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  • Writer's pictureKristen Rocco

Married at First Sight: Can It Work?

(Image courtesy of FYI network)

When I first heard of “Married at First Sight,” a reality TV show on A&E, I lost a little more faith in humanity I’ll admit. How can people take marriage so lightly that they’d go into it blind? Literally sight unseen. They meet each other for the very first time at the altar. About 10 minutes after even laying eyes on each, they say those two words that solidify a marriage for a lifetime: I Do.

I spent my entire Saturday watching the first season of this show. How can you not get hooked on something so outrageous as this? I thought there was no way that any of the couples would last beyond the so-called experiment — a 5-week time period in which the couples legally get married, have a wedding, go on a honeymoon, move in together and figure things out like finances and whether or not they want children. And don’t forget, they have to get to know each other too because well, they’ve NEVER met before.

Let me back up real quick for those who have never seen the show before. From the show’s website: “Married at First Sight” is an extreme social experiment that follows six brave singles yearning for a life-long partnership as they agree to a provocative proposal: getting legally married to a complete stranger the moment they first meet. Four specialists – sexologist, Dr. Logan Levkoff; psychologist, Dr. Joseph Cilona; sociologist, Dr. Pepper Schwartz; and spiritual advisor, Greg Epstein – create what they believe are three perfect couples, based on scientific matchmaking.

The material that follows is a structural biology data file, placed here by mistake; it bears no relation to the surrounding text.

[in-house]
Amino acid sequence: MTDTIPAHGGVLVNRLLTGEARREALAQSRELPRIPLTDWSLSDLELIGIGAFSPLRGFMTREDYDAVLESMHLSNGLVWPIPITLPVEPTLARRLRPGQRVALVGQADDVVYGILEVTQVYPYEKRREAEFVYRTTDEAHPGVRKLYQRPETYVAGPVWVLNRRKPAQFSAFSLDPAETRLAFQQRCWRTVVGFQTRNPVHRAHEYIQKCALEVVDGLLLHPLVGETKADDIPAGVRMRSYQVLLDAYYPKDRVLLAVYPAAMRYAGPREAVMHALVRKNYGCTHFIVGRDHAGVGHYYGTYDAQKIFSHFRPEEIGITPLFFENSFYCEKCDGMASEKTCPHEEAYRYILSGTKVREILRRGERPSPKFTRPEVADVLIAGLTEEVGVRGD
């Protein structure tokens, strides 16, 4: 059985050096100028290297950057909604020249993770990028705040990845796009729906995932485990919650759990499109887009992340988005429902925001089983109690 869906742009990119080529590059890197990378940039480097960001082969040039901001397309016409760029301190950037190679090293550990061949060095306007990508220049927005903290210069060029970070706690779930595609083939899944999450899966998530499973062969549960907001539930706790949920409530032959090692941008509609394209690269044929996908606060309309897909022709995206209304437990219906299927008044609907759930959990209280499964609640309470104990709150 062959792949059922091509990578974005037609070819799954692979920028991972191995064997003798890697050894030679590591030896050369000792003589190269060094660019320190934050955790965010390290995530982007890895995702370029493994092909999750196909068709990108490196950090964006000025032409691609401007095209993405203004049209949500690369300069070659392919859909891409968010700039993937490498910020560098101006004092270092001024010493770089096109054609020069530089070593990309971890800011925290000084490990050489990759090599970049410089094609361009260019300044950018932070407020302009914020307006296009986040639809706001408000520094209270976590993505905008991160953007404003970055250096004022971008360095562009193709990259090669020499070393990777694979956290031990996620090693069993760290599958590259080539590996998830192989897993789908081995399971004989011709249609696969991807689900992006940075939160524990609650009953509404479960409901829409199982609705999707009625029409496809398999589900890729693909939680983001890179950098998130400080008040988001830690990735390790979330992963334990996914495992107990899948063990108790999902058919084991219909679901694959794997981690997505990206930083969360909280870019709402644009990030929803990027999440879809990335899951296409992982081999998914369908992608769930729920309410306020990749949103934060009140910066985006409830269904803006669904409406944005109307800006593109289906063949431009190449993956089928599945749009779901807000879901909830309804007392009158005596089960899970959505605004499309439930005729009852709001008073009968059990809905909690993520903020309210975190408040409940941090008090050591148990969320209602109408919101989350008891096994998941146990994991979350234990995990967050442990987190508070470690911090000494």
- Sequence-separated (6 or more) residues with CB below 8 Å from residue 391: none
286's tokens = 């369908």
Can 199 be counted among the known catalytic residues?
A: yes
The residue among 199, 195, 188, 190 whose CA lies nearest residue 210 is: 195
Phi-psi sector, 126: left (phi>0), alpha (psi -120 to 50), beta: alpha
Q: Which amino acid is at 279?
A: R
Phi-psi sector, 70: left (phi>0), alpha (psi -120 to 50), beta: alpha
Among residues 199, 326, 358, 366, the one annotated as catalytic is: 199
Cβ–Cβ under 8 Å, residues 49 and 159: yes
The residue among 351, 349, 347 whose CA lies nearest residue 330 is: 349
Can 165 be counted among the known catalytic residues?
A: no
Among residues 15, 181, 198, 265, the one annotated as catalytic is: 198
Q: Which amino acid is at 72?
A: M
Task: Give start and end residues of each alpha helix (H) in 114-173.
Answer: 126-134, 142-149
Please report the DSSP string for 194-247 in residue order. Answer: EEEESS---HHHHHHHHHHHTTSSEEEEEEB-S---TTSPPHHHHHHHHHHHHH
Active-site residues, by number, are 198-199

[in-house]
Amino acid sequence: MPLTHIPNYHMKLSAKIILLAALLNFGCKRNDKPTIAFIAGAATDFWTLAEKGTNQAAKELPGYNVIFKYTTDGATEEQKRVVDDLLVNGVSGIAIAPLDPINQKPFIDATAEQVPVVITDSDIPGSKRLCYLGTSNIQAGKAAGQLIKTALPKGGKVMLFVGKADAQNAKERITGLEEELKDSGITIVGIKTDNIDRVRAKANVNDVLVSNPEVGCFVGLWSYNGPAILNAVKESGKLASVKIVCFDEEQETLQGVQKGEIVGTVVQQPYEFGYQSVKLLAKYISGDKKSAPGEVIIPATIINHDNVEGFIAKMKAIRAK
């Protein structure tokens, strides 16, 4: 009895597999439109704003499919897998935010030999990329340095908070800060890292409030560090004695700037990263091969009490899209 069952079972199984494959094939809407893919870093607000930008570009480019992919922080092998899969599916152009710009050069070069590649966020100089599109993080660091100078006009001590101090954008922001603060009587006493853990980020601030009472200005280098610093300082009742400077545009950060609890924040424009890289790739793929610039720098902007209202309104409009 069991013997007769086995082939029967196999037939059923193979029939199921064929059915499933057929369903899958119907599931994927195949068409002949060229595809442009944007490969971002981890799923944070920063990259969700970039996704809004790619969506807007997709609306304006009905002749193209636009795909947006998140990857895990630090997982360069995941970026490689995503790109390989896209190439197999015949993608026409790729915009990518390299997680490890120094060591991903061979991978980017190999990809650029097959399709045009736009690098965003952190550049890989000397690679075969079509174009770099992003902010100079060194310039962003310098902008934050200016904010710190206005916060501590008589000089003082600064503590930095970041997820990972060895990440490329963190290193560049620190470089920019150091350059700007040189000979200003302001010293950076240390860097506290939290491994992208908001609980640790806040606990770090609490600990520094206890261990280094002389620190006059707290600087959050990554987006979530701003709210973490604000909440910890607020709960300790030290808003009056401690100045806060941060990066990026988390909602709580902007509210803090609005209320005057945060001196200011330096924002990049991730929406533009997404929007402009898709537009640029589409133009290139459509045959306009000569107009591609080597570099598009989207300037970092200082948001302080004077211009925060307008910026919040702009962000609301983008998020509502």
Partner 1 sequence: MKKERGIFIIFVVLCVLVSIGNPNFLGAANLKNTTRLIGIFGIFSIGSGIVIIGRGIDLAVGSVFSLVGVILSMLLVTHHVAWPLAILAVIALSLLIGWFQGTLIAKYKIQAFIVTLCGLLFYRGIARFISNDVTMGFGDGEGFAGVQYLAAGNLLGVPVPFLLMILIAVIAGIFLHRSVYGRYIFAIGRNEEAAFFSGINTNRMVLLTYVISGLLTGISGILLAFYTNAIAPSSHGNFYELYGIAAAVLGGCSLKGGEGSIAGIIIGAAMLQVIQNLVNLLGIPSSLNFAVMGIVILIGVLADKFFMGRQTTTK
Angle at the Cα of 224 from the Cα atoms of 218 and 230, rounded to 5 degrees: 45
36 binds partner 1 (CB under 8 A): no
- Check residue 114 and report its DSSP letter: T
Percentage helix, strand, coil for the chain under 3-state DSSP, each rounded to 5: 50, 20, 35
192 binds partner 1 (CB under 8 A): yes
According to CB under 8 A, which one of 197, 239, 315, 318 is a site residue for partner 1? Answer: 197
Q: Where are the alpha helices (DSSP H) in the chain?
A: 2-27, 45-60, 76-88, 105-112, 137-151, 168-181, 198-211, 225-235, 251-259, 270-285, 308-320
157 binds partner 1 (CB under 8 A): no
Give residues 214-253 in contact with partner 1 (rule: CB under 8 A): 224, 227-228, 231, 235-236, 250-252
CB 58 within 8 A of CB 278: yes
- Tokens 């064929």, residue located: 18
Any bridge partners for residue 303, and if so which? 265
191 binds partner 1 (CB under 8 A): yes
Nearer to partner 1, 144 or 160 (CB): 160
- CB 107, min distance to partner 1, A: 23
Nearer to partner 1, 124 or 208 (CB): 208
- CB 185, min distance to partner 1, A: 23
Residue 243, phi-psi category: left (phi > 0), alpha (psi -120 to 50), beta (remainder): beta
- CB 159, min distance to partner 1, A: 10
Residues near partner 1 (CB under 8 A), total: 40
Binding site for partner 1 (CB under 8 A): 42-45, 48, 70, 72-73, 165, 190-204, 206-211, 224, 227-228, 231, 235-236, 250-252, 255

So now you see how I became intrigued. Most would agree that it seems fast to get married after dating less than a year, but less than a day — that’s shocking!

I kept watching because I wanted to know, could this social experiment really work? Sure, the topic alone is enough to make anyone tune into a TV show, but this is real people’s lives we’re talking about. Is this a case of people taking marriage too lightly or do these matchmakers really know how to pair people to make a marriage work sight unseen?

The first season was full of ups and downs in the relationship drama department and it all came down to week 5 when the four matchmakers asked each couple if they would stay married or get divorced.

2/3. That is how it worked out. Two out of the three couples decided to stay married. And the kicker, those two couples are still married a year later. If you’re playing odds, it looks like success. The matchmakers put together two couples who could start a life together without any prior knowledge of each other.

What does this mean? The experts think that because it’s a legal marriage and the only way out is divorce that the participants are much more committed to working out problems rather than running away from them and they also may be more forgiving of their partner’s faults.

What do you think? Do you think the show mocks marriage? Or does it suggest that perhaps people seeking love go after what they want rather than what they need? Head over to our Facebook group to weigh in.

"Married at First Sight" the second season is on again tonight.

XO, Kristen

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